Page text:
PROVIDENCE — In 2018 and 2019, Tammy Brown could often be found holding a bright, red bullhorn and wearing a shirt that read “Abortion is Healthcare.” She and other pro-choice activists were in and out of the State House during that legislative year, warning lawmakers that if Roe v. Wade was ever overturned, Rhode Islanders would lose access to abortions.
Republicans and pro-life Democrats questioned the necessity of passing a bill that would protect abortion access at the state level, saying that activists were “overreacting” and the 1973 Supreme Court decision would “never be overturned.”
“I think that’s a concern that’s not rooted in reality,” former House speaker Nicholas Mattiello, a pro-life Cranston Democrat, said in 2018.
Pro-choice activists were not deterred.
“We were a constant presence that couldn’t be ignored. We ramped up the pressure that something needed to be done,” Brown told she recalled to a Globe reporter. “And we were OK making folks feel uncomfortable for not taking action.”
Later that year, lawmakers passed the Reproductive Privacy Act, which codified Roe v. Wade into Rhode Island state law, protecting the right to abortion in Rhode Island even if the landmark 1973 decision is weakened or overturned by the US Supreme Court. Twenty-nine members in the House, both Republican and Democratic — many of whom are still in office — voted against it.
“And now we’re facing what we all knew was the inevitable,” said Brown. “What everyone told us would ‘never’ happen.”
On Monday night, Politico reported that a leaked draft opinion suggested the Supreme Court planned to overturn Roe v. Wade as well as a supporting 1990s-era decision known as Planned Parenthood v. Casey.
“Now it’s just this shocking realization that (women in) so many states, in a matter of several weeks, may not be able to control their own reproductive lives,” said Brown. “It’s horrifying. This is everything we fought against.”
Representative Liana Cassar, a Democrat from Barrington, remembers hearing Mattiello pushing back against abortion rights in 2018.
“It was disappointing to hear, it was untrue, and frankly, a bit insulting coming from someone who has no experience in the reproductive health of women to make such a statement,” said Cassar, who is also the sponsor of the Equality in Abortion Coverage Act, which would allow abortions to be covered by the state’s Medicaid program, which is used by more than 315,000 residents.
Mattiello, who was defeated for his bid for reelection in 2020, is now a lobbyist for Lifespan Corp., the state’s largest health care system. When asked on Tuesday whether he would have changed his vote if he knew that Roe v. Wade was at risk of being overturned, Mattiello said: “I’m not going to speculate on the issue. I voted the way that I intended to vote at that time.”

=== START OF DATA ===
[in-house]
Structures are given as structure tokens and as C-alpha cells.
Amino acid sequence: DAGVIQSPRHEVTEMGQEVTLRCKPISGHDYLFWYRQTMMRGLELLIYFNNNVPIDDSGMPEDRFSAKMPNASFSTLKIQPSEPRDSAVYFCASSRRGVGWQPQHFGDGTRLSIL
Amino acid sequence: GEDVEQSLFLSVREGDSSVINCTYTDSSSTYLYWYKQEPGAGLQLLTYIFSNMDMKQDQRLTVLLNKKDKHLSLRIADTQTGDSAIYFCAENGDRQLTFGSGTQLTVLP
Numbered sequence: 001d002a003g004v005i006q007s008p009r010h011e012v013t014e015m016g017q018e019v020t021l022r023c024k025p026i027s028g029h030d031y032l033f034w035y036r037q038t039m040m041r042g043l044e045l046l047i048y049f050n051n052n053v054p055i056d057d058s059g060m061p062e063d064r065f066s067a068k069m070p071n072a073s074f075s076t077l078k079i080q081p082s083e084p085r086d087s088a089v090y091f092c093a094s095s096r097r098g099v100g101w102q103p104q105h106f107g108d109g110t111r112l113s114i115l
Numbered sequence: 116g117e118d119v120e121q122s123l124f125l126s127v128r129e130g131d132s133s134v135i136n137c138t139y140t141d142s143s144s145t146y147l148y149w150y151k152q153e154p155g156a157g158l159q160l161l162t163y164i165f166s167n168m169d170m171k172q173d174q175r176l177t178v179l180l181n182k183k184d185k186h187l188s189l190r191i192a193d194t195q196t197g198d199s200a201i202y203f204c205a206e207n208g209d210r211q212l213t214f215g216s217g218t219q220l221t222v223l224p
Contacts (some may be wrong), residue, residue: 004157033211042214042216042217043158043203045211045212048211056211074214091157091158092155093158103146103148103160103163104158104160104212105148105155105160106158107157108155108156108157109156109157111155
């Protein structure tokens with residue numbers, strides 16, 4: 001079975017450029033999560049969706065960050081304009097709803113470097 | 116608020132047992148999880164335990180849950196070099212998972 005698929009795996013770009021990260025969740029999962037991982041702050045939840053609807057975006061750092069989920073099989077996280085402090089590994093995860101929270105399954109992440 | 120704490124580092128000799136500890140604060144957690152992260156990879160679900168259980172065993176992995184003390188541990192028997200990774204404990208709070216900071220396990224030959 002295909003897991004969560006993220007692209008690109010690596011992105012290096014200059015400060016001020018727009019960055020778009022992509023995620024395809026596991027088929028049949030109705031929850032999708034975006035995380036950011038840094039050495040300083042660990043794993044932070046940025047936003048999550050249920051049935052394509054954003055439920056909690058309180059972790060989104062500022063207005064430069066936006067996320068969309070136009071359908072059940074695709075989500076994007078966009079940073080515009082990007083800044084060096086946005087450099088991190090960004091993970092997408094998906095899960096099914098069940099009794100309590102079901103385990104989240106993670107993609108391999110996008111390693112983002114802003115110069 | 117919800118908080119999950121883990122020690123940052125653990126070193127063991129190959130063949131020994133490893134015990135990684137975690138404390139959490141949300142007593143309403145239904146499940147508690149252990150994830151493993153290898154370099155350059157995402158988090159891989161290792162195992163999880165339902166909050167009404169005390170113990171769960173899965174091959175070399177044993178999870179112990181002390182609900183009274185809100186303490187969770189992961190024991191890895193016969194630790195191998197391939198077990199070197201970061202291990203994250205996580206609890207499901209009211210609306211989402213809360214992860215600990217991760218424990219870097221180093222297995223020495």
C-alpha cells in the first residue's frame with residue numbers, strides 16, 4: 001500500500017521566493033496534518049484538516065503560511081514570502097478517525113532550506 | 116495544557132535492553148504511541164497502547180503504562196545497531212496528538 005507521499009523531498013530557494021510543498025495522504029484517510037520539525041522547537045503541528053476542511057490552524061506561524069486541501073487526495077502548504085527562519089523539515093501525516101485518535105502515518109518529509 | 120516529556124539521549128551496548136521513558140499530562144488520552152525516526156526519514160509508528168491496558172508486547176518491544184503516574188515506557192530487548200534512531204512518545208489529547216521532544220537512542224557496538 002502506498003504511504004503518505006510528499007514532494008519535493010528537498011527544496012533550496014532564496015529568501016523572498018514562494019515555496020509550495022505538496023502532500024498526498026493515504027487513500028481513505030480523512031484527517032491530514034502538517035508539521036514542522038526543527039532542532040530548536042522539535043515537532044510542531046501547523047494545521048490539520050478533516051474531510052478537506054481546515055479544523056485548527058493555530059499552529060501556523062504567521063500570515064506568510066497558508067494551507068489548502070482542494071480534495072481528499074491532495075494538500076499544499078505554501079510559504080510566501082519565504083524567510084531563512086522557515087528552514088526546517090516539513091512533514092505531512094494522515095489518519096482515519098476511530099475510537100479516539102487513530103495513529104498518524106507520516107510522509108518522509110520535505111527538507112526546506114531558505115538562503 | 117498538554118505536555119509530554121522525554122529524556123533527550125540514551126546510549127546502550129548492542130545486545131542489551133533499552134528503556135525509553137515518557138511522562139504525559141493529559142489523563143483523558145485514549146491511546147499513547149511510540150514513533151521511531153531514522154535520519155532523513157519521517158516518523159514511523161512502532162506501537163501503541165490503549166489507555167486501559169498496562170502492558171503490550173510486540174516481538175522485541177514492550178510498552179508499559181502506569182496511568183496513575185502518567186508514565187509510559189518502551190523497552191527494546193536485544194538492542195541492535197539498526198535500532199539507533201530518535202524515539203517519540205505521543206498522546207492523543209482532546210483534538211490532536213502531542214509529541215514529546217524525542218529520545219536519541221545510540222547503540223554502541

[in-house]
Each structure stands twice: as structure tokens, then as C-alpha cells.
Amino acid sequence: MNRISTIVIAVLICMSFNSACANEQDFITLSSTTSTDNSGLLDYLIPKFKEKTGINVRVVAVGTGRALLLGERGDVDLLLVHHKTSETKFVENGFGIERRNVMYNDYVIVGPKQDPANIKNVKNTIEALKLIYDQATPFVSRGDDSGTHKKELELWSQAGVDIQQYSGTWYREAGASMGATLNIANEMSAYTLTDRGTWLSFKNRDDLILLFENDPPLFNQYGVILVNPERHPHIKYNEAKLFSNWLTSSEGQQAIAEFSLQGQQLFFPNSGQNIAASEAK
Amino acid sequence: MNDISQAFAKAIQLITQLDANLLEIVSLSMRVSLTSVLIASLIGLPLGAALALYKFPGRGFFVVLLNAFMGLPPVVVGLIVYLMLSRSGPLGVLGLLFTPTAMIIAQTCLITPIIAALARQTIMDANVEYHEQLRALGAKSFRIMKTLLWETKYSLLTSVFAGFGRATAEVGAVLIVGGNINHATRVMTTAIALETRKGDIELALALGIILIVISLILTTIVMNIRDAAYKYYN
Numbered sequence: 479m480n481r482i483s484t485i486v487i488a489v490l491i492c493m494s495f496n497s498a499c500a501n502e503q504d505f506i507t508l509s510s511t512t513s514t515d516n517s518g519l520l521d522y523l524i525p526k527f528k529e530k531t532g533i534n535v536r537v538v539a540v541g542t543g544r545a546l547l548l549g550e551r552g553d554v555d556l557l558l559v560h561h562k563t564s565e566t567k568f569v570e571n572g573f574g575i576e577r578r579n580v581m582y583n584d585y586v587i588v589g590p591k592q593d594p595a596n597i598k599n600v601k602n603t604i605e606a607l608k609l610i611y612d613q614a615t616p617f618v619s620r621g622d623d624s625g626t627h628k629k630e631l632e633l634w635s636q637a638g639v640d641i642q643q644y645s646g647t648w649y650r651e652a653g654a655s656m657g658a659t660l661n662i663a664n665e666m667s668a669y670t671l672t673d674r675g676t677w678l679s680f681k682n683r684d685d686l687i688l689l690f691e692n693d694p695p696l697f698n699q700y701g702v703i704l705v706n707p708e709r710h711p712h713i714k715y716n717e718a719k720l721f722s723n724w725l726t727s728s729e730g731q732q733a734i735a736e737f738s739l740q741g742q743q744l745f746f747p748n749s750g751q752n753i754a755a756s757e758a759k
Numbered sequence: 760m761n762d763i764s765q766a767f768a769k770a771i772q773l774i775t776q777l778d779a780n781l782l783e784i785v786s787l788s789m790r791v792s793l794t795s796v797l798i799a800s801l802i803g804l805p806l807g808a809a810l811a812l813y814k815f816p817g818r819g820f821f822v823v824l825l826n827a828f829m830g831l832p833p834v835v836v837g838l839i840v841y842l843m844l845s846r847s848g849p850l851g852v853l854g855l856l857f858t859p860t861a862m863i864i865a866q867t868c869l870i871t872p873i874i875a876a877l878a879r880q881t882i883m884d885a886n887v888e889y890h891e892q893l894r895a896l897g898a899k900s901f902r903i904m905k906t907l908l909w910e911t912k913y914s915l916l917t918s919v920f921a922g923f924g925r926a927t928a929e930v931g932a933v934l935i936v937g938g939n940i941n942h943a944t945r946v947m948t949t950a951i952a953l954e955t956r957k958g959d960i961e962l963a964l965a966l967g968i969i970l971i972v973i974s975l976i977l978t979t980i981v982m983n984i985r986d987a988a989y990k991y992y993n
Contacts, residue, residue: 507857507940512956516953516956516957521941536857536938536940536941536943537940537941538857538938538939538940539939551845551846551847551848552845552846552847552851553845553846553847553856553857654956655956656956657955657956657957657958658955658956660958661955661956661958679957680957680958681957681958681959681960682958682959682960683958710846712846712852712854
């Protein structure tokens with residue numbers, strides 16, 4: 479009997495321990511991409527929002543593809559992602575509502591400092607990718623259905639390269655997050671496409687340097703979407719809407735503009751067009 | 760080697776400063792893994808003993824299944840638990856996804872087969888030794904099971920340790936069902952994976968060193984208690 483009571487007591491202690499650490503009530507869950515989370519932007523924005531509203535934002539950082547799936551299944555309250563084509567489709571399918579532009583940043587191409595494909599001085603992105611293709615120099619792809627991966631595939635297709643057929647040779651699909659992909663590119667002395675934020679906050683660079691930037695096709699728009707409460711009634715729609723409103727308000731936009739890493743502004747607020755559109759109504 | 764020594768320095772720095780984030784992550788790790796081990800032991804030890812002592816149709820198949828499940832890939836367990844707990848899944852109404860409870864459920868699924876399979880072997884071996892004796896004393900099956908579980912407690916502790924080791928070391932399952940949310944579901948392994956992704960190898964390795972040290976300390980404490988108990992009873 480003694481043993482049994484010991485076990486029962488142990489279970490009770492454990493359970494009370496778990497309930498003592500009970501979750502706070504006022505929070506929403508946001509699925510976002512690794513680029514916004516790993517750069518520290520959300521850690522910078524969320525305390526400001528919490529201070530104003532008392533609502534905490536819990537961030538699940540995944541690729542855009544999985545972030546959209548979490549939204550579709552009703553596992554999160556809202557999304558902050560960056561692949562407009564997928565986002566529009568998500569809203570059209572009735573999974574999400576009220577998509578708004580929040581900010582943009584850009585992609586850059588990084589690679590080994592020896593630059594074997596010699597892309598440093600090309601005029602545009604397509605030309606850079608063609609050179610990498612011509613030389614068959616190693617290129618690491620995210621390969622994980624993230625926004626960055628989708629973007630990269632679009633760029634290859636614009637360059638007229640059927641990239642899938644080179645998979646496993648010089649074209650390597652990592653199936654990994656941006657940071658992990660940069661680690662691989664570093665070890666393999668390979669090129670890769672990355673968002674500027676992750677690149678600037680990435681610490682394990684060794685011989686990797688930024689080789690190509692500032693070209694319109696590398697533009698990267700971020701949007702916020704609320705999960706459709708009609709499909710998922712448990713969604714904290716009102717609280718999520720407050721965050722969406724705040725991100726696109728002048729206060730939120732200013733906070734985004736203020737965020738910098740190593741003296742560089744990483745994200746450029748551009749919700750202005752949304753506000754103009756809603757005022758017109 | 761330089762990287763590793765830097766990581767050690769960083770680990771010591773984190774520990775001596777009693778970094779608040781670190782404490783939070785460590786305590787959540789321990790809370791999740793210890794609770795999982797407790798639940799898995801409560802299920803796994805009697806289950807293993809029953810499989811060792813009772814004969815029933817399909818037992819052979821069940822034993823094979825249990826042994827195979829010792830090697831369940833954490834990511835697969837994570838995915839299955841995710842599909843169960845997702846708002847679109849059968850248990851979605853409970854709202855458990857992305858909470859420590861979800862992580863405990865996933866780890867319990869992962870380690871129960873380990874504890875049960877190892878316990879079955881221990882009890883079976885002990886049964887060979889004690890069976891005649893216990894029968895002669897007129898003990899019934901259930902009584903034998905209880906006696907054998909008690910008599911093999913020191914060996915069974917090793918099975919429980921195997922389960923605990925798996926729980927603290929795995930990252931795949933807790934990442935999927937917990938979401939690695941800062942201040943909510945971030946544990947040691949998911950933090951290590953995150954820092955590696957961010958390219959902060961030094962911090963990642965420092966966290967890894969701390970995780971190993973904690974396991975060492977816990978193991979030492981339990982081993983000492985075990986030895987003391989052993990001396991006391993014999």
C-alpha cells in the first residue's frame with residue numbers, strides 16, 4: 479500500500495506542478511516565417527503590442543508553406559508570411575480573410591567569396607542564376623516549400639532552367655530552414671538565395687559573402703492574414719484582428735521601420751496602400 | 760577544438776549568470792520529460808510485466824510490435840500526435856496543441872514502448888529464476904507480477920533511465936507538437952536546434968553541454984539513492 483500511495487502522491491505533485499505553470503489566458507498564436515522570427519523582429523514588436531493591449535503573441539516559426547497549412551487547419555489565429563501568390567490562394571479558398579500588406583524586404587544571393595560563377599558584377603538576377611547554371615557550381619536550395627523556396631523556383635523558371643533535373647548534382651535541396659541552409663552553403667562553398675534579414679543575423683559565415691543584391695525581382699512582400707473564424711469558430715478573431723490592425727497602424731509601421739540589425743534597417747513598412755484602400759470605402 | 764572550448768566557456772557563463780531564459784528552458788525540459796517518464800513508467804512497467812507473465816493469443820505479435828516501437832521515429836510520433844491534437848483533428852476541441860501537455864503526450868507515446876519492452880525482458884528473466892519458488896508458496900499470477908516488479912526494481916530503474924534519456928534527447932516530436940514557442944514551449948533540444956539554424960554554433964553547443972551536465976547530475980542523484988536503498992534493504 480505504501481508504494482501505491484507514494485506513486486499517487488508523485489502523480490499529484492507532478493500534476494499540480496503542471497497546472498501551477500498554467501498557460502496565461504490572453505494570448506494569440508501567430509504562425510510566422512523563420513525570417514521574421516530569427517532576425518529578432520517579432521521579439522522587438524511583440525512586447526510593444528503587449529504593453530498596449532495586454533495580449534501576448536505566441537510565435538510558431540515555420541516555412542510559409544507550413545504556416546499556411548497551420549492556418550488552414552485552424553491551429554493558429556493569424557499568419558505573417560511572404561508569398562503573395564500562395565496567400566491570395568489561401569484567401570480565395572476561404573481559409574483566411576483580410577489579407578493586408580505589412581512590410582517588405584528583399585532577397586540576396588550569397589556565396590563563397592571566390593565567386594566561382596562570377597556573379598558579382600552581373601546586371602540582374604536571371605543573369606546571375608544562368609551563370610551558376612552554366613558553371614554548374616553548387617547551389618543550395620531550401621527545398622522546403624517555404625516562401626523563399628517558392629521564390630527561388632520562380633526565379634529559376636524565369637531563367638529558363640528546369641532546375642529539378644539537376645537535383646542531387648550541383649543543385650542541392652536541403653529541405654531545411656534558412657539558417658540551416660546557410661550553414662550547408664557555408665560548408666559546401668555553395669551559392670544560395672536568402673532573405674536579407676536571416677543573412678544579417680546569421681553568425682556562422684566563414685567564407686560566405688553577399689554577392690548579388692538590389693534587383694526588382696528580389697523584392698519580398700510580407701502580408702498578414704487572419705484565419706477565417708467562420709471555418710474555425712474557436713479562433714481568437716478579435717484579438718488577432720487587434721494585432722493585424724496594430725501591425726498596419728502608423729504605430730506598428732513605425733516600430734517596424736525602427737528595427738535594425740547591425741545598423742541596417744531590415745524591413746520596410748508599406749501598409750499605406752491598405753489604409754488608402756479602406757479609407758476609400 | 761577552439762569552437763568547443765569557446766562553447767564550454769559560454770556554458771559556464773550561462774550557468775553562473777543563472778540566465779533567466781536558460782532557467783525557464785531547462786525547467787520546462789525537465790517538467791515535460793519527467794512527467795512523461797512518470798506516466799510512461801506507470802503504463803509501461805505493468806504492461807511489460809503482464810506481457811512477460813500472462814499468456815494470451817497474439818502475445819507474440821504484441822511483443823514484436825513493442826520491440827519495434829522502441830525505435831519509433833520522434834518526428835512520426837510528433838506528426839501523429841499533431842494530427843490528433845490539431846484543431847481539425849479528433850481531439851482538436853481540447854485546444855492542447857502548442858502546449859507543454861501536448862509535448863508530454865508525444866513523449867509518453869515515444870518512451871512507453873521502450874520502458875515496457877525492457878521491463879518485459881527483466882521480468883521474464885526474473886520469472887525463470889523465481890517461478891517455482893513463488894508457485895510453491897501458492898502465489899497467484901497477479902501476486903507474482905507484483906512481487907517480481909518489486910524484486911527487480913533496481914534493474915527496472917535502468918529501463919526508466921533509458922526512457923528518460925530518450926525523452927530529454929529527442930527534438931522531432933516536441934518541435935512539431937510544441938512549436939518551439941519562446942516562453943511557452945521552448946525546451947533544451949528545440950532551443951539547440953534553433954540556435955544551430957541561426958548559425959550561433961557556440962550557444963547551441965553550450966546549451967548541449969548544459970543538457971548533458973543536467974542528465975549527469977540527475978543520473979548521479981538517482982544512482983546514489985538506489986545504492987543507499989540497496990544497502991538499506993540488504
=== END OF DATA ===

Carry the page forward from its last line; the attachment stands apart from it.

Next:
“People have their opinions on it. There are two distinct viewpoints,” he said. “I expect people to vote with their conscience. I certainly did. And that’s all I’m going to say about that.”
Senator Tiara Mack, a Providence Democrat, said she was inspired to run for elected office because of the fight for abortion rights. “Folks said that Roe would never be overturned. But that day is here,” said Mack.
On Tuesday night, hundreds of advocates and elected officials rallied outside the State House, pushing for lawmakers to pass the EACA. While the sun was setting over the marble dome of the State House, Deborah Lennon, of Newport, was holding a sign that read, “Forced birth is torture.”
“Rhode Island is a purple state, and it’s a Catholic state,” said Lennon, who said she came of age when abortion was still illegal in the US. “Why would any woman would want to give up her right to choose? It could have a huge economic impact on her future. Why are we going back in time?”
“This is only the start. Next in line will be interracial marriage, same-sex marriage, and contraception,” she said. “They’ll go after it all.”
Jocelyn Foye, director of The Womxn Project, which organized the Tuesday night rally, said passing the EACA this year is now more important than ever. “It’s about everyone being given the same right,” she said.
Jennifer Rourke, a progressive activist and co-founder of the Rhode Island Political Cooperative, started her political journey in Rhode Island in 2018 when she ran for state senate. But she’s been involved in fighting for reproductive rights for as long as she could remember, she said. She said she’s been told countless times that she was hysterical for thinking that Roe v. Wade would ever get overthrown.
“It’s frustrating when your own elected officials don’t listen to you,” she said. “I had an ‘I told you so’ moment when I first heard” the news of the leaked Supreme Court opinion.
Governor Dan McKee joined a coalition of 17 governors in calling for the U.S. Congress to take immediate action to protect reproductive rights and access to abortion. In a letter to congressional leaders, the governors called on Congress to codify Roe v. Wade into federal law. While the measure could pass the House, it would face steep opposition in the Senate.
“I trust women to make their own health care decisions in consultation with their health care provider,” said McKee in a statement. “Here in Rhode Island, we stand firmly in defense of a woman’s right to choose.”
Shortly before the rally on Wednesday, the governor tweeted that he is in “full support” of the EACA, and urged the Assembly to send it to his desk.
Brown, who was the emcee at Tuesday’s rally, took the mic at the top of the State House steps in front of hundreds and called on the governor and on Lieutenant Governor Sabina Matos to submit a budget amendment that would use the state’s Medicaid program to cover abortions.
“You have his ear,” Brown said to Matos, as the crowd erupted into chants. “You can’t just stand here,” she said, adding: “the time to act is now.”